Last updated on March 18th, 2022 , 06:13 am
When trading volatility products, it’s imperative that you’re aware of the costs associated with the positions you enter. More specifically, being aware of the current VIX term structure (VIX futures curve) as it relates to historical levels can help you make more informed volatility trading decisions.
My First Volatility Mishap
In May of 2014, I had just purchased my first VIX futures contract. The reason for the trade was that implied volatility was low and the market had been grinding steadily higher without any breathers to the downside, and I anticipated a reversion in volatility. At the time, I had overlooked the fact that VIX futures converge towards the VIX Index as time passes, and when volatility is low, VIX futures typically trade at a premium to the VIX. The result? Steady losses on long VIX futures contracts (and other long volatility strategies/products) when market implied volatility remains low.
If you look at the graph below, you’ll notice that the front-month VIX futures are consistently above the VIX Index when the VIX is at suppressed levels (a structure referred to as “contango”):
Data compiled from Yahoo! Finance and CBOE VIX Futures Data.
When the VIX term structure is in contango, long volatility traders pay the price, and must correctly time the inevitable volatility increase to avoid the costs of contango. If the timing is off, the losses from contango lead to an increase in the cost basis of long volatility trades, which means a more significant increase in volatility is needed to break even or profit.
NOTE! In March, 2022, Barclay’s suspended sales and issuance of VXX. Read about other volatility finds in our article: “VXX Alternatives“.
Historical VIX Term Structure Levels
So, how often is the VIX futures curve in contango and backwardation? Here are the historical spreads between the front-month VIX Future and the VIX Index since 2008:
As we can see, the difference between the front-month VIX future and the VIX Index is typically positive, indicating that the VIX Index is at a discount to the front-month VIX future. Let’s take a look at some metrics that describe the spread’s history since 2008:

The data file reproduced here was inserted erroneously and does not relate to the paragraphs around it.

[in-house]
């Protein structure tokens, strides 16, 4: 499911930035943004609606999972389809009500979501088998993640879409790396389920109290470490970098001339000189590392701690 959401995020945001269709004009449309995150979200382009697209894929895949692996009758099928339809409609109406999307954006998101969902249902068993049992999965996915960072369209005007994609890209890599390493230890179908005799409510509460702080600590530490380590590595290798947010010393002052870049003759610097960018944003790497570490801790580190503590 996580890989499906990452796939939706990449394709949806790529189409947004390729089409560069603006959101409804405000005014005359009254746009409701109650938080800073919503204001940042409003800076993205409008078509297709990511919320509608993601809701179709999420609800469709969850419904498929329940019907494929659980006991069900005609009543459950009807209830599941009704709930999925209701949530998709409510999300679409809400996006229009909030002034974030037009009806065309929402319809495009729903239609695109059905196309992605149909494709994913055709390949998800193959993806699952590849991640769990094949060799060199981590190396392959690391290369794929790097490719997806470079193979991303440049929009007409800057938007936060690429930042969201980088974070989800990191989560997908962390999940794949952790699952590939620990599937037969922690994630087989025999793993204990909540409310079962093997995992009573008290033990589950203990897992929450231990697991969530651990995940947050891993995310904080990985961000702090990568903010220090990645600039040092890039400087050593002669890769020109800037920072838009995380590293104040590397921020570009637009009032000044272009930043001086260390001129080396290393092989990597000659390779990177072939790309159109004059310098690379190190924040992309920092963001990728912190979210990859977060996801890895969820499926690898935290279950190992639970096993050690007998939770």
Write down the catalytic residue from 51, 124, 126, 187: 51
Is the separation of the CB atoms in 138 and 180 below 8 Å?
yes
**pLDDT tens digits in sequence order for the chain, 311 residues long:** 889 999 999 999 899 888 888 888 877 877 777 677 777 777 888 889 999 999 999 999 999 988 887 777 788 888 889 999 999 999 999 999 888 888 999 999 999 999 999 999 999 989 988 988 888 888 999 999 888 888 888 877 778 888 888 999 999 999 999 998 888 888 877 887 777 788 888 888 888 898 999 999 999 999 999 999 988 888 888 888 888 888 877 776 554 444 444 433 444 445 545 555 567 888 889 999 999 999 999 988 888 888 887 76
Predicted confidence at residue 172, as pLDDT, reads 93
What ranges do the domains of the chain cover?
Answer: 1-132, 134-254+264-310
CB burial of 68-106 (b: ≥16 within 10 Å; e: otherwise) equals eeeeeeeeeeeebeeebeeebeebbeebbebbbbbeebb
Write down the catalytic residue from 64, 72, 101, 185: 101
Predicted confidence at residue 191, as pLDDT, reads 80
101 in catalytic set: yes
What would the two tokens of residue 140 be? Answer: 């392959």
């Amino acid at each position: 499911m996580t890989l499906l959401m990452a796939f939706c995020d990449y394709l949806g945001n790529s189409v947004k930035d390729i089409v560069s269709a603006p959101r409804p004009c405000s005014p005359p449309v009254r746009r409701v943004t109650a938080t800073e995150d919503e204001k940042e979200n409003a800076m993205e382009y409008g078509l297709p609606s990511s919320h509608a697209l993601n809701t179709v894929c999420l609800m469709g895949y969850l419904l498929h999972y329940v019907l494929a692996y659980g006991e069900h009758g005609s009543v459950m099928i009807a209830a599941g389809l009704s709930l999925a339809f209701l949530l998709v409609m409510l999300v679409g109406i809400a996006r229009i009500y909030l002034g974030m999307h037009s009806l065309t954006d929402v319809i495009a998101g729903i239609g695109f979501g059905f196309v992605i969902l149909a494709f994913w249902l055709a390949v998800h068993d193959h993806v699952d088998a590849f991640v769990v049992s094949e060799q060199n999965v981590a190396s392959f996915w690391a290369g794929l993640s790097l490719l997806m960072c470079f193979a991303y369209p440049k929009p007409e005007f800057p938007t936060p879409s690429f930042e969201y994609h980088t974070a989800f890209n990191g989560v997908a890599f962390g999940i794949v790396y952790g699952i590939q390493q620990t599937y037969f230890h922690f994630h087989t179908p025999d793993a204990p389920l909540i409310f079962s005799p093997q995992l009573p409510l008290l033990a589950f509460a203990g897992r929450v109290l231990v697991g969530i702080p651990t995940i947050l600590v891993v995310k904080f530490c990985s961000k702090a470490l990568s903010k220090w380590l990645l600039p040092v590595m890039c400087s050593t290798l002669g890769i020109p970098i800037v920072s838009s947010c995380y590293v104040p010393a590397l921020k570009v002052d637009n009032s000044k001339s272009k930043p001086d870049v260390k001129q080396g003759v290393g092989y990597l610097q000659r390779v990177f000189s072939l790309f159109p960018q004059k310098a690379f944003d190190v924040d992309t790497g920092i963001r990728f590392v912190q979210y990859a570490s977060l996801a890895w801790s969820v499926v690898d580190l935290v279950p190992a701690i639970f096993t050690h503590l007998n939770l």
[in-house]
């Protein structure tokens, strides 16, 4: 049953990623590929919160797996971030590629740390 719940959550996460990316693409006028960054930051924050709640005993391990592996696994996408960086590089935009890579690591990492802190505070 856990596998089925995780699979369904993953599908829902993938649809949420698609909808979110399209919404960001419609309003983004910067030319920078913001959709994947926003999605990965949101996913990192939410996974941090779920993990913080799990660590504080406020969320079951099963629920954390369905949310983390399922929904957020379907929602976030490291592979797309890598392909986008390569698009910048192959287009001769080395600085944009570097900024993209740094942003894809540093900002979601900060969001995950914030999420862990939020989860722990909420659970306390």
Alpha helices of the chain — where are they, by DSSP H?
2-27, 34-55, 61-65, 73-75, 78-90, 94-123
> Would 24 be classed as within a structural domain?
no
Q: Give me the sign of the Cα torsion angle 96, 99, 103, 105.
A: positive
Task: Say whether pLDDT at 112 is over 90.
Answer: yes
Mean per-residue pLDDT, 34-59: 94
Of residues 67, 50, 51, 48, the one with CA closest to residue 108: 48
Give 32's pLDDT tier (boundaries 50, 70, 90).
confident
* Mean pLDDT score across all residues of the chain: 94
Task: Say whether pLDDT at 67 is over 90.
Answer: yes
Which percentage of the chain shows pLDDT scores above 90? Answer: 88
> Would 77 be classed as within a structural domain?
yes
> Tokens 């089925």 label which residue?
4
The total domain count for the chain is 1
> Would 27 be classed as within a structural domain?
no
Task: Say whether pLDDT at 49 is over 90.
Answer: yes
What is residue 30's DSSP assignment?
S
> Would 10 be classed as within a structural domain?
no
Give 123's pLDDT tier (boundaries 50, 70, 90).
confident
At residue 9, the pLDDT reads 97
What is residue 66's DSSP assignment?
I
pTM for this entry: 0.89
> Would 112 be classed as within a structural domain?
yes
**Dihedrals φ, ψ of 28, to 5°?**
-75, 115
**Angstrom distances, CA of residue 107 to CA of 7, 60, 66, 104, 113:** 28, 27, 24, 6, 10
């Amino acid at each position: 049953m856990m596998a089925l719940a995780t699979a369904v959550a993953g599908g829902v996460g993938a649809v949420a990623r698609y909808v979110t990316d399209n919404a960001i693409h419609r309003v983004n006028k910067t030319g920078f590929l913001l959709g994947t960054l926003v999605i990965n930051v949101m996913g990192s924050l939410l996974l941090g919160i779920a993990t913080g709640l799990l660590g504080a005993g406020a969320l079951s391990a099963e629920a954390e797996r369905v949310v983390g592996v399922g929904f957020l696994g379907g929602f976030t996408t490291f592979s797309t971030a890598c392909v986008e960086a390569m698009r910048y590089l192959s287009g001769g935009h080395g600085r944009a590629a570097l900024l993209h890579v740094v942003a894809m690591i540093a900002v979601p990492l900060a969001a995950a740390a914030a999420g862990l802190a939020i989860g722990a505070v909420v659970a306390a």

Interestingly, the median spread between the front-month VIX future and the VIX Index has been +0.80. When purchasing a VIX future at an $0.80 premium to the VIX Index, the potential loss from holding the contract when volatility doesn’t expand is $800 ($0.80 Loss Per Contract x $1,000 Contract Multiplier). The higher the spread, the higher the potential costs of buying volatility.
VIX Term Structure and Daily VXX Performance By Year
VIX futures are not alone in terms of the costs of trading volatility. A popular volatility ETN under the ticker symbol VXX tracks the performance of the two nearest-term VIX futures contracts. The result? Poor performance when the VIX futures curve is in contango (which, as we know, is the case most of the time).
Let’s take a look at the median premium of the front-month VIX future (M1) to the VIX Index, the median relationship between the second-month VIX futures contract (M2) and the front-month VIX futures contract, and the median daily VXX changes:
Just to clarify, the M2 / M1 relationship is important because VXX tracks an index that “rolls” the front-month futures (M1) to the second-month futures (M2) on a daily basis. When the M2 contract is at a more significant premium to the M1 contract, it’s an indication that near-term contango is steep and that VXX faces larger losses if the VIX remains low.
Implications for Trading Volatility
As we can see from this data, the contango has been very steep in 2017 (and since the U.S. election) relative to previous years. What are the implications of this? Well, steep contango will lead to more significant losses when trading volatility to the long side if the VIX remains suppressed, requiring more accurate timing of increases in market volatility.
So, while market implied volatility is currently at an extreme, understand that the costs associated with trading long volatility positions are high relative to historical norms. Does this suggest that shorting volatility is the better play? While short volatility strategies will perform considerably well if the VIX structure remains in its current state, there’s always the potential for a significant spike in volatility, especially with the VIX below 12. So, the risk/reward for shorting volatility at these levels won’t make sense for most traders.
At the very least, it’s interesting to see how significant the current volatility risk premium is relative to historical levels, and it should help volatility traders make more informed trading decisions.
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About the Author
Chris Butler received his Bachelor’s degree in Finance from DePaul University and has nine years of experience in the financial markets.
Chris started the projectfinance YouTube channel in 2016, which has accumulated over 25 million views from investors globally.